The Archaic era (8th-5th century BC) gave a gateway to the architecture of Acropolis. Everywhere you look, you’ll be in awe of the style and perfection the early Greeks manifested. Peisistratos, the son of Hippocrates, built the entry gate of Acropolis, which later became the nine-gated Cyclopean wall, the Enneapylon. The temple of Athena Polias was built between 570 and 550 BC made of Doric limestones. The Theatre of Dionysos remains one of the oldest in the world, being built in 6 BC. All the structures use Doric, Ionic, and Corinthian architecture styles which later has been adopted as the base by western architects. This bestows that the ancient architects of Greece did not just view them as structures and temples but as art and sculptures.
You can identify which of the buildings are newer or older by just looking at their colour; the newer structures have a reddish tint while the old ones look more yellow.
What You Cannot Miss At The Acropolis Af Athens
Out of the 21 archaeological sites, here are some of the noteworthy ones you should spend more time exploring and appreciating on your tour of the Acropolis.
Parthenon is the first structure that comes to mind when you hear the word Athens. It is the iconic temple dedicated to the Goddess of war, Athena, and considered the zenith of the Doric style of architecture. Completed in 438 BC, it is one of the oldest standing temples on earth. It is also the most important standing structure of classical architecture in Greece. It consists of 46 outer gigantic columns and 19 inner smaller columns.
Propylaea is the gateway to the Acropolis, which was left unfinished in the 5th century BC. The structure was constructed from white Pentelic marble, grey limestone and structural iron, although the iron is said to have weakened the building. Restoration of it began in early 1984 and was only completed in 2009. This feat was considered so historic that the project was awarded the European Union Prize for Cultural Heritage / Europa Nostra Award in 2013.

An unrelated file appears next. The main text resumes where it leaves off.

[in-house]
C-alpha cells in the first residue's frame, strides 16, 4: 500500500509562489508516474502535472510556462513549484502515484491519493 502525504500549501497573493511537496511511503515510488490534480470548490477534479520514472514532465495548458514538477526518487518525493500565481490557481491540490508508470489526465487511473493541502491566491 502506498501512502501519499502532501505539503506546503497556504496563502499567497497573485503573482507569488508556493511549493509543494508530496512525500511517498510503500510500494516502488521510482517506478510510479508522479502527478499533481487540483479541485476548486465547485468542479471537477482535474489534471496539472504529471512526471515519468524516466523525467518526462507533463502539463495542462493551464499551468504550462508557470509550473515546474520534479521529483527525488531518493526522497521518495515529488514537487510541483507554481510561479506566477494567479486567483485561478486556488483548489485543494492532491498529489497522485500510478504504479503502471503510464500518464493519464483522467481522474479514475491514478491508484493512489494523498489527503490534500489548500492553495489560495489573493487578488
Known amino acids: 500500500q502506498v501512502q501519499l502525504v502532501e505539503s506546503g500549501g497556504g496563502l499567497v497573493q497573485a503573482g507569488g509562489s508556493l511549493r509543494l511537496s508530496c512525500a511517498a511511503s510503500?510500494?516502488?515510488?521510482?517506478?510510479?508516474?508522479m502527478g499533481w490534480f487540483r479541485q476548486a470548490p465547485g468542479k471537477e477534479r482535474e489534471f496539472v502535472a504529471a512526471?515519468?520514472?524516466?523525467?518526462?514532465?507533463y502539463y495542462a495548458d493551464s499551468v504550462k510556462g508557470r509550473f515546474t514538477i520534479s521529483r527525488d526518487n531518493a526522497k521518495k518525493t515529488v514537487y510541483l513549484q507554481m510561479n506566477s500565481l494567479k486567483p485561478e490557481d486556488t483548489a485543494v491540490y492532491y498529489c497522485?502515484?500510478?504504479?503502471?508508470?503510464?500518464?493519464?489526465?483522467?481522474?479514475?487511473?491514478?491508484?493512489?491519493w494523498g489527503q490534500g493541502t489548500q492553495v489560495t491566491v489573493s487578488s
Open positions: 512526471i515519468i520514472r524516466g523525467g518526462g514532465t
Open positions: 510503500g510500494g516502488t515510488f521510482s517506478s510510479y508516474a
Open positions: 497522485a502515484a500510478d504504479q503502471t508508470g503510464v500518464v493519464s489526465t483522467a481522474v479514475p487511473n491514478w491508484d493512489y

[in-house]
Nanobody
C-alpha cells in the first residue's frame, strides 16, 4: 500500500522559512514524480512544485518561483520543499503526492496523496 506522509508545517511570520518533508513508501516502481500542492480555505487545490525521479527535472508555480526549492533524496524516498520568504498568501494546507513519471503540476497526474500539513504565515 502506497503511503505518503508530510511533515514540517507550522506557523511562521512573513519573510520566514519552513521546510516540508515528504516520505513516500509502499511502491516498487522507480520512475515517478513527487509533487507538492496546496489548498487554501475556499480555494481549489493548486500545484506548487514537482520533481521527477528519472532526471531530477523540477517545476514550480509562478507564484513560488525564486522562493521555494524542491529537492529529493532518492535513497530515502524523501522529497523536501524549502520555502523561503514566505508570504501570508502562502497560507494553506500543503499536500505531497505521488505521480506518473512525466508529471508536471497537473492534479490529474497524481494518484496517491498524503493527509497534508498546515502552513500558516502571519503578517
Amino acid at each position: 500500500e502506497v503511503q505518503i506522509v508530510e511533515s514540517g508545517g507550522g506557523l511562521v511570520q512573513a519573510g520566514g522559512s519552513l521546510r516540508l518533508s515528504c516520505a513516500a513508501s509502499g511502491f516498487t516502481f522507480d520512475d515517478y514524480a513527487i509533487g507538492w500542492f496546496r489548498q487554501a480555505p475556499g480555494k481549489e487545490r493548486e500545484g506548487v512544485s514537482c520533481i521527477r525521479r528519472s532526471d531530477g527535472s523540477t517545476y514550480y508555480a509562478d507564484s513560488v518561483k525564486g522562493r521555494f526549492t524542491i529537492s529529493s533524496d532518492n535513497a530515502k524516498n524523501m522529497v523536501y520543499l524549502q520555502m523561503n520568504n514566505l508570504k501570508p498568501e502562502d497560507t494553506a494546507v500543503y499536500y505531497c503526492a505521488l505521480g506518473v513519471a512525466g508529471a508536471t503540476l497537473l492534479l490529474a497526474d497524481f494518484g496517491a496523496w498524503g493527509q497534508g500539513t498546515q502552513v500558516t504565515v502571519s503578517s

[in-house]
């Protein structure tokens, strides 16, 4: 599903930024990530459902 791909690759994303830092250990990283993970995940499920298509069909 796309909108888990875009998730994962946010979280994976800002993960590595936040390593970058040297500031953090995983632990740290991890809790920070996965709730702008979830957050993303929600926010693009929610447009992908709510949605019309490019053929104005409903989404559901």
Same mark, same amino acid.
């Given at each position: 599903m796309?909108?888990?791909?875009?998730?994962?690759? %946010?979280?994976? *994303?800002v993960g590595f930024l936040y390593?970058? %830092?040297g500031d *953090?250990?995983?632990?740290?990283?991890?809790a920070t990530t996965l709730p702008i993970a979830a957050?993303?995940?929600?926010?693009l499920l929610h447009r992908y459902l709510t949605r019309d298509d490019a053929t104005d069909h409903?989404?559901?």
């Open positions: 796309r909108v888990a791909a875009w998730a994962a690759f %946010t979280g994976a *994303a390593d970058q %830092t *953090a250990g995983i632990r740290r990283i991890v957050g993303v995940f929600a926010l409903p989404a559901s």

The Old Temple of Athena is probably the oldest remains onsite. It was built during 525–500 BC but was later partially destroyed by the Persians in 480 BC. One of the two pediments of the temple beautifully portrays Gigantomachy, the battle between Gods and Giants. The temple also houses a statue of the Goddess Athena herself, fighting the giants.
The temple of Athena and Nike, the goddess of victory was built in the year 420 BC. It is the earliest fully Ionic Temple in Acropolis. The only downside is that the temple is often closed to visitors since restoration work is still underway. But if you are lucky to see it open make sure to take a peek at the famous frieze of Nike adjusting her sandal.
Located in the northern part of the Acropolis of Athens, the Erechtheum is a shrine thought to have been built by Mnesikles from 421 to 406 BC. You can draw parallels between it and the Parthenon since both were built by Phidias. The Porch of the Maidens to the north of the temple is a must-see, where six draped female figures under the guise of columns hold the roof of the temple.
Acropolis Museum Athens